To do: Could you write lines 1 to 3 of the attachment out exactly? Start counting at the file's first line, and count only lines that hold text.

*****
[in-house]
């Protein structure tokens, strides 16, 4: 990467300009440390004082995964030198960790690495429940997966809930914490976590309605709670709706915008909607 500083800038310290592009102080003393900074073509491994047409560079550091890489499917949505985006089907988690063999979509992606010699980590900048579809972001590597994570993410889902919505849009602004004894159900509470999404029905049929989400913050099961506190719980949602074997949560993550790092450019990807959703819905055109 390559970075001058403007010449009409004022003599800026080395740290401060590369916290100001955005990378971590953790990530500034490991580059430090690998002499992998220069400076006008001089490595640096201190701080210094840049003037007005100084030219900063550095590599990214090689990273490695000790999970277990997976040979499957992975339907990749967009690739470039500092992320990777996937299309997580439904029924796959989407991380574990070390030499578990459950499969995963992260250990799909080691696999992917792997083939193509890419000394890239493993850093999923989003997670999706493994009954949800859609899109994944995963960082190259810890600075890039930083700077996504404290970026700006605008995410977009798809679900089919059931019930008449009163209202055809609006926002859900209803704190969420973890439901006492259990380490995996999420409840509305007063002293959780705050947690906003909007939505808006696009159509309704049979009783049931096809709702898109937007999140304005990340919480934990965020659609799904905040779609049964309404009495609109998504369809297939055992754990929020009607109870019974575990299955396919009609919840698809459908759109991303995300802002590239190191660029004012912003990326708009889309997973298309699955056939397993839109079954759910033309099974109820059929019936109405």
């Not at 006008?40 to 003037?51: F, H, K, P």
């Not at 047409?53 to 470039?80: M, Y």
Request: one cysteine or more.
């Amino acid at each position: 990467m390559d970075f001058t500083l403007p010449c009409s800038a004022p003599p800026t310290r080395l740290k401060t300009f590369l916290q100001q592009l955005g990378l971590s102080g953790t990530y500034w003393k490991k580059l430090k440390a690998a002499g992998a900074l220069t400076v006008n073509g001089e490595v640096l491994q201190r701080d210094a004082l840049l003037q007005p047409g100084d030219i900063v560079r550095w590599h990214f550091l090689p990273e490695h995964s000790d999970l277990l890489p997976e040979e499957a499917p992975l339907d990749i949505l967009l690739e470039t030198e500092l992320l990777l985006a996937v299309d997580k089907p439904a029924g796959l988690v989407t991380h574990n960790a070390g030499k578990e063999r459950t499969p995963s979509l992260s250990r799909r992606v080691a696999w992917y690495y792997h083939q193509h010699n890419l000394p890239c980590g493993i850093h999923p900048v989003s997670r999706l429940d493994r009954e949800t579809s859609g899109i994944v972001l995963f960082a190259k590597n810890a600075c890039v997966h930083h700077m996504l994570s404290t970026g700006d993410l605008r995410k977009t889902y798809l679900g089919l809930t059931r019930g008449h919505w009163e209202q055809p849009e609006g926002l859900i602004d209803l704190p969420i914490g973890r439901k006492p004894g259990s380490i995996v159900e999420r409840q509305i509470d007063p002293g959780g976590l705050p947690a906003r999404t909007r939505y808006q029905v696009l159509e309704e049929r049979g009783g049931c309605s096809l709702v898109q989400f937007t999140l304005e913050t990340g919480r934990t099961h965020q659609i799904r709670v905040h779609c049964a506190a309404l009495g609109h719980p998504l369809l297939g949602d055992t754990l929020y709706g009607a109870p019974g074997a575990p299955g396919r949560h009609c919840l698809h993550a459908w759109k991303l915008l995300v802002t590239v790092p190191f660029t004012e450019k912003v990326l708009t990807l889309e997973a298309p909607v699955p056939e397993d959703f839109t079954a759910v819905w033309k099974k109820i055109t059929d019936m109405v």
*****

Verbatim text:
[in-house]
């Protein structure tokens, strides 16, 4: 990467300009440390004082995964030198960790690495429940997966809930914490976590309605709670709706915008909607 500083800038310290592009102080003393900074073509491994047409560079550091890489499917949505985006089907988690063999979509992606010699980590900048579809972001590597994570993410889902919505849009602004004894159900509470999404029905049929989400913050099961506190719980949602074997949560993550790092450019990807959703819905055109 390559970075001058403007010449009409004022003599800026080395740290401060590369916290100001955005990378971590953790990530500034490991580059430090690998002499992998220069400076006008001089490595640096201190701080210094840049003037007005100084030219900063550095590599990214090689990273490695000790999970277990997976040979499957992975339907990749967009690739470039500092992320990777996937299309997580439904029924796959989407991380574990070390030499578990459950499969995963992260250990799909080691696999992917792997083939193509890419000394890239493993850093999923989003997670999706493994009954949800859609899109994944995963960082190259810890600075890039930083700077996504404290970026700006605008995410977009798809679900089919059931019930008449009163209202055809609006926002859900209803704190969420973890439901006492259990380490995996999420409840509305007063002293959780705050947690906003909007939505808006696009159509309704049979009783049931096809709702898109937007999140304005990340919480934990965020659609799904905040779609049964309404009495609109998504369809297939055992754990929020009607109870019974575990299955396919009609919840698809459908759109991303995300802002590239190191660029004012912003990326708009889309997973298309699955056939397993839109079954759910033309099974109820059929019936109405």
């Not at 006008?40 to 003037?51: F, H, K, P």